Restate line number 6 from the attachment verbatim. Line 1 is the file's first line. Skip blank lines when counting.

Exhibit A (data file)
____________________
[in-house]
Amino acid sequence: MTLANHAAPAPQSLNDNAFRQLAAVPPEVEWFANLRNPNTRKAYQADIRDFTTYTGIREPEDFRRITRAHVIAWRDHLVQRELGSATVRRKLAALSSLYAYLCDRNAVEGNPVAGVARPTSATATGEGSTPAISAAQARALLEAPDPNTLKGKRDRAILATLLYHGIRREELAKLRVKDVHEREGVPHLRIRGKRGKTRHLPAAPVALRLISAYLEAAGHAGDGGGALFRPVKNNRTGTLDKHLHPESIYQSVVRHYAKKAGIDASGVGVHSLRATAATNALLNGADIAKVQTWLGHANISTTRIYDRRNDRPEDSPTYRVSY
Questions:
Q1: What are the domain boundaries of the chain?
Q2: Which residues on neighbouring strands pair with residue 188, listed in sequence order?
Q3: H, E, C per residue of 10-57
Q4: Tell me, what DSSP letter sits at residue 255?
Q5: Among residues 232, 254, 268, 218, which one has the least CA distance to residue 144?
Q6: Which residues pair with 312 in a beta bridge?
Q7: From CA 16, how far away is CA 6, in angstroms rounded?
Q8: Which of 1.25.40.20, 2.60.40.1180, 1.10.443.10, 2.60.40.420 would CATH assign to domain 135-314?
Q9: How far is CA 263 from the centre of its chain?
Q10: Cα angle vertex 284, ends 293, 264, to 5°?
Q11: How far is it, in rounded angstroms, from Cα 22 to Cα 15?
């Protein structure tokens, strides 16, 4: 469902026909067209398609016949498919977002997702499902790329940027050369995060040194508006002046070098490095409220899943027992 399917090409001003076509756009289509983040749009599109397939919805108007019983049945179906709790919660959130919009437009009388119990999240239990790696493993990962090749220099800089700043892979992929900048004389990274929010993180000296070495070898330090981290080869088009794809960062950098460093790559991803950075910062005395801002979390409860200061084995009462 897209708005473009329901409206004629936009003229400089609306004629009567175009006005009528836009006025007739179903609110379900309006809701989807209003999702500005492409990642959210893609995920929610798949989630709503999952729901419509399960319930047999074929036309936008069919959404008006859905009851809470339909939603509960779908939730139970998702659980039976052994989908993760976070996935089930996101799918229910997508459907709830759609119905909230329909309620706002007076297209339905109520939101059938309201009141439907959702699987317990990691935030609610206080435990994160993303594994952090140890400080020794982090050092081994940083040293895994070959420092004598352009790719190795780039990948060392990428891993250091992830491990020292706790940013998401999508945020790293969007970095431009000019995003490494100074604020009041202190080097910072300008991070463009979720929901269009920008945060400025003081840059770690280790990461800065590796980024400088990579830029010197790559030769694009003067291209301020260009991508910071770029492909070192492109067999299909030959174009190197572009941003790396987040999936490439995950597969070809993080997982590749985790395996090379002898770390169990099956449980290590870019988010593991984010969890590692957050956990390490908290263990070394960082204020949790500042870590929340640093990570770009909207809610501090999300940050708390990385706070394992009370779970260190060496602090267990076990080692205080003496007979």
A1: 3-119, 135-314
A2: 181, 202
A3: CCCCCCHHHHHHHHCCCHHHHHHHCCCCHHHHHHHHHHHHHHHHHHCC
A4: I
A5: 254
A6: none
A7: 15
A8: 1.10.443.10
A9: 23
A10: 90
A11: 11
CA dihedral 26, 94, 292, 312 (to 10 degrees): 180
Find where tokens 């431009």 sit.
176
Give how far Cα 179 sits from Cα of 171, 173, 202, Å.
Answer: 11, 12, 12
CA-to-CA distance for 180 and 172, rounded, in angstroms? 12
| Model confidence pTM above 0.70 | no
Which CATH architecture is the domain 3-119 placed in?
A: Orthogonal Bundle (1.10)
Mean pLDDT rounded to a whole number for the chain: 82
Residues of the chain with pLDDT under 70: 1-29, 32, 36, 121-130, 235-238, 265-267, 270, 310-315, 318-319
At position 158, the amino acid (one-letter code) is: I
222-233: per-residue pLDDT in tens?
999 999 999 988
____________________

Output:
Q3: H, E, C per residue of 10-57